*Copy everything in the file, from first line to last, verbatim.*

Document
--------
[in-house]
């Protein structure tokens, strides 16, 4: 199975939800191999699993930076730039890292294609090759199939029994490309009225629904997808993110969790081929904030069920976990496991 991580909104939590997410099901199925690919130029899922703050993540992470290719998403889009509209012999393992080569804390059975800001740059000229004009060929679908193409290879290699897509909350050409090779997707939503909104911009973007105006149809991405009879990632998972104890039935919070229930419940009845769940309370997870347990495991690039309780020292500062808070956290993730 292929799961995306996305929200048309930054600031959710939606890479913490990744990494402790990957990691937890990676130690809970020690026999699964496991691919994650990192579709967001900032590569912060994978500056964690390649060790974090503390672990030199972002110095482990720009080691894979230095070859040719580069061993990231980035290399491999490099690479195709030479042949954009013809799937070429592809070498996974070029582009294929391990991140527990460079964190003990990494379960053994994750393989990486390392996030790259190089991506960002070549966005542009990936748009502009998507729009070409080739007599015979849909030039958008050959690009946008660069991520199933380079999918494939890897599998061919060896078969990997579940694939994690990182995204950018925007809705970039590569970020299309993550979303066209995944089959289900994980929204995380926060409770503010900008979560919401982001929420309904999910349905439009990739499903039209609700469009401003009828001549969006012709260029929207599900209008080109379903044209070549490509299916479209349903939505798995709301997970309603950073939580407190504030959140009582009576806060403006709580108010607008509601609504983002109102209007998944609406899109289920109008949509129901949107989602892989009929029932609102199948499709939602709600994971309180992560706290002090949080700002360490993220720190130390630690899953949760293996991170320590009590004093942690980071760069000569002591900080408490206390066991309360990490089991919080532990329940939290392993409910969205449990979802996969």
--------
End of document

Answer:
[in-house]
């Protein structure tokens, strides 16, 4: 199975939800191999699993930076730039890292294609090759199939029994490309009225629904997808993110969790081929904030069920976990496991 991580909104939590997410099901199925690919130029899922703050993540992470290719998403889009509209012999393992080569804390059975800001740059000229004009060929679908193409290879290699897509909350050409090779997707939503909104911009973007105006149809991405009879990632998972104890039935919070229930419940009845769940309370997870347990495991690039309780020292500062808070956290993730 292929799961995306996305929200048309930054600031959710939606890479913490990744990494402790990957990691937890990676130690809970020690026999699964496991691919994650990192579709967001900032590569912060994978500056964690390649060790974090503390672990030199972002110095482990720009080691894979230095070859040719580069061993990231980035290399491999490099690479195709030479042949954009013809799937070429592809070498996974070029582009294929391990991140527990460079964190003990990494379960053994994750393989990486390392996030790259190089991506960002070549966005542009990936748009502009998507729009070409080739007599015979849909030039958008050959690009946008660069991520199933380079999918494939890897599998061919060896078969990997579940694939994690990182995204950018925007809705970039590569970020299309993550979303066209995944089959289900994980929204995380926060409770503010900008979560919401982001929420309904999910349905439009990739499903039209609700469009401003009828001549969006012709260029929207599900209008080109379903044209070549490509299916479209349903939505798995709301997970309603950073939580407190504030959140009582009576806060403006709580108010607008509601609504983002109102209007998944609406899109289920109008949509129901949107989602892989009929029932609102199948499709939602709600994971309180992560706290002090949080700002360490993220720190130390630690899953949760293996991170320590009590004093942690980071760069000569002591900080408490206390066991309360990490089991919080532990329940939290392993409910969205449990979802996969």